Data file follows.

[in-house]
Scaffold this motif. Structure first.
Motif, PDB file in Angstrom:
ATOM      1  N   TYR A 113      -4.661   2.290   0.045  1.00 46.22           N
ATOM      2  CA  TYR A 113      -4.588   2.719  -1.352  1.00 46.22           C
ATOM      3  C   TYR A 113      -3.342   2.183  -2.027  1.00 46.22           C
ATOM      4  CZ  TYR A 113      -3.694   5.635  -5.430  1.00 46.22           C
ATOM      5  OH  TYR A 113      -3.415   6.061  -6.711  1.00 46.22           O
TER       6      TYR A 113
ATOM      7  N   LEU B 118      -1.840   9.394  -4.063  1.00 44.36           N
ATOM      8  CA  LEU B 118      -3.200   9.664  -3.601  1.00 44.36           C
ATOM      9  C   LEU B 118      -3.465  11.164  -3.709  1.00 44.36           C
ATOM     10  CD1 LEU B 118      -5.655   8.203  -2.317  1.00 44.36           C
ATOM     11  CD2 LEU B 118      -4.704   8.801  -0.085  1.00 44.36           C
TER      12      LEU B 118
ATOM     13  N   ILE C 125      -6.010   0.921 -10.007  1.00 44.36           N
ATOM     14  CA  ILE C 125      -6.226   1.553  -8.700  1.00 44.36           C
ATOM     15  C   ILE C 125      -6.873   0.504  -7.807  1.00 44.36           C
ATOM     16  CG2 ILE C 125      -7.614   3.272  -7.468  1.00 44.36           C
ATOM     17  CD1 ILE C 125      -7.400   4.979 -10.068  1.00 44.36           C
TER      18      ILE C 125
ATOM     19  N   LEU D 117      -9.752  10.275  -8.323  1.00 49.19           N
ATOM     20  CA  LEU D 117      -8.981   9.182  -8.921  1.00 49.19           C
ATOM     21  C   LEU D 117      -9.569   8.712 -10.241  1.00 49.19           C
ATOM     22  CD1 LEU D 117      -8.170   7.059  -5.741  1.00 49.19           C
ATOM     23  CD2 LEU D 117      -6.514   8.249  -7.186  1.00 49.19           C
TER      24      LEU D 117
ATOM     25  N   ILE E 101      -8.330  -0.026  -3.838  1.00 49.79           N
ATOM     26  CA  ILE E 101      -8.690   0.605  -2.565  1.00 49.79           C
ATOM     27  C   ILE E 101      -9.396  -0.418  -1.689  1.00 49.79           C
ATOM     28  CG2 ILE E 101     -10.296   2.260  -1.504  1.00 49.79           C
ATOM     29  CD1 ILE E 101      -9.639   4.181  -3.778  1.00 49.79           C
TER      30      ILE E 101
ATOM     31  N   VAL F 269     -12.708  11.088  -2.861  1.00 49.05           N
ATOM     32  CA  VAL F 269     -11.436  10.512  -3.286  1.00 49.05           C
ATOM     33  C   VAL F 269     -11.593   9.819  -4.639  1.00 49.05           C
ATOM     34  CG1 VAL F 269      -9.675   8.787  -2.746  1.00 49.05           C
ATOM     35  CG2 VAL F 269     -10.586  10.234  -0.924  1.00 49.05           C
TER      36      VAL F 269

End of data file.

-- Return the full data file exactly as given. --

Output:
[in-house]
Scaffold this motif. Structure first.
Motif, PDB file in Angstrom:
ATOM      1  N   TYR A 113      -4.661   2.290   0.045  1.00 46.22           N
ATOM      2  CA  TYR A 113      -4.588   2.719  -1.352  1.00 46.22           C
ATOM      3  C   TYR A 113      -3.342   2.183  -2.027  1.00 46.22           C
ATOM      4  CZ  TYR A 113      -3.694   5.635  -5.430  1.00 46.22           C
ATOM      5  OH  TYR A 113      -3.415   6.061  -6.711  1.00 46.22           O
TER       6      TYR A 113
ATOM      7  N   LEU B 118      -1.840   9.394  -4.063  1.00 44.36           N
ATOM      8  CA  LEU B 118      -3.200   9.664  -3.601  1.00 44.36           C
ATOM      9  C   LEU B 118      -3.465  11.164  -3.709  1.00 44.36           C
ATOM     10  CD1 LEU B 118      -5.655   8.203  -2.317  1.00 44.36           C
ATOM     11  CD2 LEU B 118      -4.704   8.801  -0.085  1.00 44.36           C
TER      12      LEU B 118
ATOM     13  N   ILE C 125      -6.010   0.921 -10.007  1.00 44.36           N
ATOM     14  CA  ILE C 125      -6.226   1.553  -8.700  1.00 44.36           C
ATOM     15  C   ILE C 125      -6.873   0.504  -7.807  1.00 44.36           C
ATOM     16  CG2 ILE C 125      -7.614   3.272  -7.468  1.00 44.36           C
ATOM     17  CD1 ILE C 125      -7.400   4.979 -10.068  1.00 44.36           C
TER      18      ILE C 125
ATOM     19  N   LEU D 117      -9.752  10.275  -8.323  1.00 49.19           N
ATOM     20  CA  LEU D 117      -8.981   9.182  -8.921  1.00 49.19           C
ATOM     21  C   LEU D 117      -9.569   8.712 -10.241  1.00 49.19           C
ATOM     22  CD1 LEU D 117      -8.170   7.059  -5.741  1.00 49.19           C
ATOM     23  CD2 LEU D 117      -6.514   8.249  -7.186  1.00 49.19           C
TER      24      LEU D 117
ATOM     25  N   ILE E 101      -8.330  -0.026  -3.838  1.00 49.79           N
ATOM     26  CA  ILE E 101      -8.690   0.605  -2.565  1.00 49.79           C
ATOM     27  C   ILE E 101      -9.396  -0.418  -1.689  1.00 49.79           C
ATOM     28  CG2 ILE E 101     -10.296   2.260  -1.504  1.00 49.79           C
ATOM     29  CD1 ILE E 101      -9.639   4.181  -3.778  1.00 49.79           C
TER      30      ILE E 101
ATOM     31  N   VAL F 269     -12.708  11.088  -2.861  1.00 49.05           N
ATOM     32  CA  VAL F 269     -11.436  10.512  -3.286  1.00 49.05           C
ATOM     33  C   VAL F 269     -11.593   9.819  -4.639  1.00 49.05           C
ATOM     34  CG1 VAL F 269      -9.675   8.787  -2.746  1.00 49.05           C
ATOM     35  CG2 VAL F 269     -10.586  10.234  -0.924  1.00 49.05           C
TER      36      VAL F 269